Other than evoking our sympathy and generosity, the earthquake/ tsunami/nuclear disaster in Japan should be pinging our collective consciousness about our own level of preparedness for natural and man-made disasters.
Just to recap, in the last two years alone, our county has been declared a federal disaster area three times, we’ve sustained two tornadoes and experienced a major explosion in the heart of Stanford. Despite the large amount of property damage done by floods, ice, wind and fire, the cost to human life has been smaller than we could have ever expected and, once the crises passed, we quickly returned to business as usual and that’s not good.
earthquake or proceeding nuclear near-meltdown, imagine you had 15 minutes warning that a disaster of tsunami proportion like the one in Japan was heading your way. What would you do? What would you grab, who would you call and where would you go? What would you do if you were at home, church or work? What if the kids were at school? Tough questions, and you can make yourself nuts (ask me) what-iffing various scenarios to death, but if you think a major disaster couldn’t happen here, think again.
We live less than 30 miles from one of the largest concentrations of chemical and biological weapons in the United States, and an accident or incident there could spread an airborne tsunami of poison our way within hours. Prevailing winds in the area typically don’t blow here from Richmond, the home of the Bluegrass Army Depot, but their preparedness planners have run models that show how, given the right weather conditions a plume of poisonous gas could stream across Lincoln and flow all the way to the Tennessee border.
A more likely scenario however, would be a major earthquake on the New Madrid Fault that crosses five state lines and the Mississippi and Ohio rivers. This fault moves 20 times a month, but hasn’t had a major quake for 100 years, but when it does, it will be a big one. Lincoln County would suffer damage, but not be destroyed, but major cities like Memphis and St. Louis along the fault could be, which means one thing; help wouldn’t be coming this way any time soon.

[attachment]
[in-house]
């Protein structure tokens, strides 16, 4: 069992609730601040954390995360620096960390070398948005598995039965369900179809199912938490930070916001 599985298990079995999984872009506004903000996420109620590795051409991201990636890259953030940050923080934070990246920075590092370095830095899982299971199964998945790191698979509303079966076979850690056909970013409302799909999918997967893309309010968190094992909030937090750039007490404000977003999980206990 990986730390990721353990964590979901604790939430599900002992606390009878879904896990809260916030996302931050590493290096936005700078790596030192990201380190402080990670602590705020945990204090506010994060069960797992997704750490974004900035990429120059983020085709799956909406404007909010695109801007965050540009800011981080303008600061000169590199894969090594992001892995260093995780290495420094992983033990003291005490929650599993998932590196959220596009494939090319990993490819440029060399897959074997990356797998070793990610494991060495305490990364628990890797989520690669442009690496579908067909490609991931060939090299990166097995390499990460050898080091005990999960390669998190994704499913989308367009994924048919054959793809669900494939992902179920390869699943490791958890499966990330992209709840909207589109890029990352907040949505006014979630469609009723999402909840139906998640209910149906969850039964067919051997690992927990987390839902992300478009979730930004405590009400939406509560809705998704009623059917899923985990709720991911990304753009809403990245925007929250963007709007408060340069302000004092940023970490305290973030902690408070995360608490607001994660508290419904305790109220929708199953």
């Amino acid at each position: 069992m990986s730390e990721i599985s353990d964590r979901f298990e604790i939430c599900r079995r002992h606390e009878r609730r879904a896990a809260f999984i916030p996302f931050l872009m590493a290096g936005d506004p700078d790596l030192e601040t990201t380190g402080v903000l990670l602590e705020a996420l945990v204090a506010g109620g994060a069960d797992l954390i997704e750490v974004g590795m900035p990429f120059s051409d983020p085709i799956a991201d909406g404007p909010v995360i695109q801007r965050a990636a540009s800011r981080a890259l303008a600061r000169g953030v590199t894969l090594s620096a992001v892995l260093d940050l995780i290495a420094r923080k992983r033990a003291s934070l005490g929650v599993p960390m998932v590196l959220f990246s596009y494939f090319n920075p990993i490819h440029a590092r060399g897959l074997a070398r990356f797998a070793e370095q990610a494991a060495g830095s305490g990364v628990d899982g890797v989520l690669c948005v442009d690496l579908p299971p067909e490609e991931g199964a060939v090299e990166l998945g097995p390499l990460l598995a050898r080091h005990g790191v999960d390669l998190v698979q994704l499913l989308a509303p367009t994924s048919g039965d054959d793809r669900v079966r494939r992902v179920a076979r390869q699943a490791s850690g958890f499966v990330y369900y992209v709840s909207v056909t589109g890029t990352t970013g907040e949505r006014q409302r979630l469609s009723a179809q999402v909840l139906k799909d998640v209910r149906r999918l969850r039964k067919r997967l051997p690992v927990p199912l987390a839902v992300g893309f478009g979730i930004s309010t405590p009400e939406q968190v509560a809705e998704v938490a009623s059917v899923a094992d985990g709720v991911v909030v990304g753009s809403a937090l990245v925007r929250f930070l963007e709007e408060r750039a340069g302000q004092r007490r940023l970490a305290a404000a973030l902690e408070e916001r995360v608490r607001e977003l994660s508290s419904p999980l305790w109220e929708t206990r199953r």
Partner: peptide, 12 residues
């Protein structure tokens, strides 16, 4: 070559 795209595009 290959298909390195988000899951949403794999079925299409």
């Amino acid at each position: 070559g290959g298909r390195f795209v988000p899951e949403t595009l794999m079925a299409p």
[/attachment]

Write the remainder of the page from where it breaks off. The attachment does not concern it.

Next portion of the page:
So what should you do? First, take the advice of Douglas Adams, “Don’t Panic!” Once breathing and reason is restored, you should follow the advice of the Federal Emergency Management Agency (FEMA) and get informed, make a plan and prepare.
Getting informed is simple. Examine the threats to our area and put them in order of likelihood. Tornadoes and ice storms are likely, wildfire and earthquakes less so. Fortunately, typical preparations for disasters tend to work in most situations, and that should be the basis of your plan.
The basics of a plan are simple. In case of emergency, how will you contact family members? How will you leave if you have to evacuate, and where will you go? How will you take care of elderly or special needs family members? How about pets and livestock? How will you store enough food, water and medication to get you through? Do you know how to shut off the utilities to your house or business?
If it seems like you’re opening a can of worms when you start asking these questions, don’t be discouraged.
There are some good resources available, particularly FEMA’s website, that walk you through preparing a basic plan for your family or business.
Once your plan is complete, you can begin preparing, and this is actually the fun part. If you take the advice of some preppers, all you need is a cache of guns, ammunition and gold Krugerrands buried in your yard, but its best to steer clear of the deranged and the delusional and focus on the basics, food, water, medications, shelter and transportation.
At a minimum, you should always have three days of the above on hand at all time, but the sweet spot for basic preparations is about 21 days.
Three weeks of supplies sounds like an expensive proposition, but you don’t need to buy it all at once. If you spend only ten dollars a week on preparations, you can easily assemble a three week supply in less than six months, and six months is a good target. September is National Preparedness Month and if you’ve never even thought of this subject,t it is a good target to set for you and your family to be prepared for whatever may come.
In subsequent weeks, The Interior Journal will be publishing a list titled, “21 Weeks to Preparedness.” It is a low cost, week-by-week guide of what to buy to get yourself ready for the next ice storm, tornado, earthquake or zombie uprising.
Take a long look at the deprivation the Japanese are enduring, or better yet, the ongoing deprivation one year after the earthquake in Haiti as a warning to all of us. It is time to prepare.
Are you prepared?
Are you prepared?